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Google Maps: the “black hole” in the Pacific Ocean detected with the technology giant’s tool

The photo shows a geological formation shaped like an isosceles triangle and surrounded by the indigo blue of the ocean.

A satellite image taken with the Google Maps tool went viral after being published on the social network Reddit and sparked all kinds of speculation due to its mysterious appearance.

The original image was published without coordinates and curious users soon began to speculate, since the landform looks like a “black hole”.

Later, thanks to the most rigorous investigation of other users who identified the locality on a map, it was learned that in reality its appearance is only an “optical effect”.

But the discussion on social media had already generated countless wild theories.

What do you see

The photo shows a geological formation shaped like an isosceles triangle and surrounded by the indigo blue of the ocean.

The periphery is framed by the white of what appears to be the foam of seawater that is “swallowed” by the dark center of the formation.

Many did not rule out that it was an oceanic black hole, but the explanation was also offered that it could be a underground volcano, whose igneous rocks were the cause of the deep blackness.

“It is obviously the entrance to the hollow Earth,” wrote a user on Reddit, alluding to the theory that within our planet there are subterranean civilizations.

One interpretation was that it was a large lagoon in the center of an island, while another user was convinced that it was the true Bermuda Triangle.

The idea that it was an island took shape in the discussion online, and someone jokingly remarked that the set of the television series had been found Lost (“Lost”), in which survivors of a plane crash are forced to live together on a mysterious island.

Conspiracy theorists pointed out that the island’s darkness was due to the computerized distortion that Google applies when it doesn’t want to show you something.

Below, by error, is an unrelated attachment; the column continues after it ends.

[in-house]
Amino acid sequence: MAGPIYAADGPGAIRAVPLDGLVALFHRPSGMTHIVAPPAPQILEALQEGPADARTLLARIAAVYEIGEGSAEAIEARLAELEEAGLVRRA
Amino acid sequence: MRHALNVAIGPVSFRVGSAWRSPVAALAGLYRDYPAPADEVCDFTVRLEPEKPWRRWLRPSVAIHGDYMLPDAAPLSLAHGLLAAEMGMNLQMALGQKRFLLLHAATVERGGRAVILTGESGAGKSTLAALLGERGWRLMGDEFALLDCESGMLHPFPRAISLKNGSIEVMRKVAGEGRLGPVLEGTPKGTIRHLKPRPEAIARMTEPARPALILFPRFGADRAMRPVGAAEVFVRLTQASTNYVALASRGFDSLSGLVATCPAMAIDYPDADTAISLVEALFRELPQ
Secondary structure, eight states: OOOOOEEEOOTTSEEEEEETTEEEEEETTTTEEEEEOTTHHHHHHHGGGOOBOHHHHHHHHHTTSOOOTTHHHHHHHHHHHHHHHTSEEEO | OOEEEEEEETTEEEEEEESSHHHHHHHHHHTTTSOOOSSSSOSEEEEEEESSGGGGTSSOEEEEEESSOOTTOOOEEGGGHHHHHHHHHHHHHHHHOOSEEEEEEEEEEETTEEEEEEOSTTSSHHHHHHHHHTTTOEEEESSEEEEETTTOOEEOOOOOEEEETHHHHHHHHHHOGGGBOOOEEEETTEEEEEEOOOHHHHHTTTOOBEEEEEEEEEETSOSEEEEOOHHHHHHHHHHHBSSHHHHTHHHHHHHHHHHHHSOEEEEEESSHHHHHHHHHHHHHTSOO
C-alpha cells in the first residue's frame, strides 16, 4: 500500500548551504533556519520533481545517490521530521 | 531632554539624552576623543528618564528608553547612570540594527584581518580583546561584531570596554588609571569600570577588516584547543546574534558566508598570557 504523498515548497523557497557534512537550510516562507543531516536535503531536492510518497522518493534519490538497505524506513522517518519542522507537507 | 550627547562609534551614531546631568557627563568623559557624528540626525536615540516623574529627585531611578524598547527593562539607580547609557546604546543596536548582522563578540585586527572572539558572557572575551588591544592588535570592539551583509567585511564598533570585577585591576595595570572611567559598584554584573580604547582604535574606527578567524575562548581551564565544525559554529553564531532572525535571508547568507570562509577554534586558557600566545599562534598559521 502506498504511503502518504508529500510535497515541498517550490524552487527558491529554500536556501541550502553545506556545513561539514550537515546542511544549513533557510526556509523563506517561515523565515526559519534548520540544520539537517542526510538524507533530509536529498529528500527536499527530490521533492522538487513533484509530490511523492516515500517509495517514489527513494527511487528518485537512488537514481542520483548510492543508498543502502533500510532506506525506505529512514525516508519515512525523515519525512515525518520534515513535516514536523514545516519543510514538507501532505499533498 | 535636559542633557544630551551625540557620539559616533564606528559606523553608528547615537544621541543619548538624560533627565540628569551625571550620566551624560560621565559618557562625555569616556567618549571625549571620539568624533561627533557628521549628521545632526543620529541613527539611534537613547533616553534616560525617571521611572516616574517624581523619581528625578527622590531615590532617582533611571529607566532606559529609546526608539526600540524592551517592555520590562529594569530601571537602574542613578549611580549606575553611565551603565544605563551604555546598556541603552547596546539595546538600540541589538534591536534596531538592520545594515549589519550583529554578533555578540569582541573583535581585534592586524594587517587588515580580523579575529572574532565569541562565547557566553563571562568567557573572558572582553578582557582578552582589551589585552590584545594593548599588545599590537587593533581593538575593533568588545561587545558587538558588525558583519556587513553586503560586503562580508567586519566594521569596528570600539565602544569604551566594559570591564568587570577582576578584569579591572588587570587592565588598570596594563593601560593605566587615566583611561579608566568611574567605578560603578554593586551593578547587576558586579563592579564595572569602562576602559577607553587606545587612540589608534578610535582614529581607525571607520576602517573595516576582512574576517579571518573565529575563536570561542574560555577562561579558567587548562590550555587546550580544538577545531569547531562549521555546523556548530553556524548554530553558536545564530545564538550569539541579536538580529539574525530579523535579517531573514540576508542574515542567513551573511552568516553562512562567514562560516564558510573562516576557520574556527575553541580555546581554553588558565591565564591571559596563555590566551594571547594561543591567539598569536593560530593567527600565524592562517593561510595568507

Vostok Island, Kiribati

Finally, someone simply explained that it was a bad satellite image of an uninhabited island in the Pacific and included a link to the site. GeoEye that shows it clearly.

It is Vostok Island, part of the Republic of Kiribati that is made up of a series of atolls and coral islands.

Named after the Russian explorer Fabian Gottlieb von Bellingshausen’s ship who discovered it in 1820, the island is protected as a sanctuary that houses important colonies of seabirds.

One of the users who identified it writes that there is no evidence that it was colonized by humans at any point in history. “Even the Polynesians overlooked it,” he said.

It also appears that the British only used it to extract copra – the dried pulp of the coconut – and American scientists briefly studied the fauna and flora of the place.

Kiribati and its islands have gained interest within the scientific community investigating climate change.

It is considered to be the first country in the world to disappear as sea level rises, as a result of global warming that melts glaciers.

According to the latest data, sea level has risen 3.2 millimeters a year since 1993, an increase that, if sustained, will be catastrophic for these islands and other coastal regions over the decades.

Somehow, the apocalyptic image that created so much speculation on social media might not be far off the mark.

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